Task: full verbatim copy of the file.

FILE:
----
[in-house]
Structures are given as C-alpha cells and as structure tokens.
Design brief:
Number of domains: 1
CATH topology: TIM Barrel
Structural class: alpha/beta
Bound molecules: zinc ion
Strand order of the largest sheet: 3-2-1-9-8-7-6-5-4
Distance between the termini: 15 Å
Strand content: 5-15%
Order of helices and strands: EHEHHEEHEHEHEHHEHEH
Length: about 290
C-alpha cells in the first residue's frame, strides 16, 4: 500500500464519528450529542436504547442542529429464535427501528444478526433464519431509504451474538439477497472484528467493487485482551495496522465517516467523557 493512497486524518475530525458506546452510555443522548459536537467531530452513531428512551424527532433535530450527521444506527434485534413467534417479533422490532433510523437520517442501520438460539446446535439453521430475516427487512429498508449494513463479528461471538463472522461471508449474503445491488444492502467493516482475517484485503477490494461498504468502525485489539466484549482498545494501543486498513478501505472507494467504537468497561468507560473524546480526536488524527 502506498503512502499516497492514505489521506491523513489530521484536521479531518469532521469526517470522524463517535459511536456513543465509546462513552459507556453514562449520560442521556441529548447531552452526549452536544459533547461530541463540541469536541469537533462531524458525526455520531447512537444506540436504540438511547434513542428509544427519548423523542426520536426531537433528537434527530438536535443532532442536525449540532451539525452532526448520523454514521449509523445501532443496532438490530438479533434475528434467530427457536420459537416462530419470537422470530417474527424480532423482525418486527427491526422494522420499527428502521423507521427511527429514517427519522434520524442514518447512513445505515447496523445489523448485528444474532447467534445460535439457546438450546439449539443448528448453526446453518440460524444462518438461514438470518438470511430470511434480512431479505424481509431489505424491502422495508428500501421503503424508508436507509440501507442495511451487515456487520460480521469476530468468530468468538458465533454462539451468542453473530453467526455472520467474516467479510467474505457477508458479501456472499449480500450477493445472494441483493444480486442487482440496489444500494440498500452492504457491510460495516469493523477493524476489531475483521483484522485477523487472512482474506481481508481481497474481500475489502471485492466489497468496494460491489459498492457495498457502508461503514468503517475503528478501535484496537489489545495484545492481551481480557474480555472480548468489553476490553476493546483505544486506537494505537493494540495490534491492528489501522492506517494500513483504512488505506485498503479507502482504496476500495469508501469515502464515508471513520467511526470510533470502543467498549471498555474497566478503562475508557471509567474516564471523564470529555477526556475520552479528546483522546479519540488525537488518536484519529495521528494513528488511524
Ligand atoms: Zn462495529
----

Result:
[in-house]
Structures are given as C-alpha cells and as structure tokens.
Design brief:
Number of domains: 1
CATH topology: TIM Barrel
Structural class: alpha/beta
Bound molecules: zinc ion
Strand order of the largest sheet: 3-2-1-9-8-7-6-5-4
Distance between the termini: 15 Å
Strand content: 5-15%
Order of helices and strands: EHEHHEEHEHEHEHHEHEH
Length: about 290
C-alpha cells in the first residue's frame, strides 16, 4: 500500500464519528450529542436504547442542529429464535427501528444478526433464519431509504451474538439477497472484528467493487485482551495496522465517516467523557 493512497486524518475530525458506546452510555443522548459536537467531530452513531428512551424527532433535530450527521444506527434485534413467534417479533422490532433510523437520517442501520438460539446446535439453521430475516427487512429498508449494513463479528461471538463472522461471508449474503445491488444492502467493516482475517484485503477490494461498504468502525485489539466484549482498545494501543486498513478501505472507494467504537468497561468507560473524546480526536488524527 502506498503512502499516497492514505489521506491523513489530521484536521479531518469532521469526517470522524463517535459511536456513543465509546462513552459507556453514562449520560442521556441529548447531552452526549452536544459533547461530541463540541469536541469537533462531524458525526455520531447512537444506540436504540438511547434513542428509544427519548423523542426520536426531537433528537434527530438536535443532532442536525449540532451539525452532526448520523454514521449509523445501532443496532438490530438479533434475528434467530427457536420459537416462530419470537422470530417474527424480532423482525418486527427491526422494522420499527428502521423507521427511527429514517427519522434520524442514518447512513445505515447496523445489523448485528444474532447467534445460535439457546438450546439449539443448528448453526446453518440460524444462518438461514438470518438470511430470511434480512431479505424481509431489505424491502422495508428500501421503503424508508436507509440501507442495511451487515456487520460480521469476530468468530468468538458465533454462539451468542453473530453467526455472520467474516467479510467474505457477508458479501456472499449480500450477493445472494441483493444480486442487482440496489444500494440498500452492504457491510460495516469493523477493524476489531475483521483484522485477523487472512482474506481481508481481497474481500475489502471485492466489497468496494460491489459498492457495498457502508461503514468503517475503528478501535484496537489489545495484545492481551481480557474480555472480548468489553476490553476493546483505544486506537494505537493494540495490534491492528489501522492506517494500513483504512488505506485498503479507502482504496476500495469508501469515502464515508471513520467511526470510533470502543467498549471498555474497566478503562475508557471509567474516564471523564470529555477526556475520552479528546483522546479519540488525537488518536484519529495521528494513528488511524
Ligand atoms: Zn462495529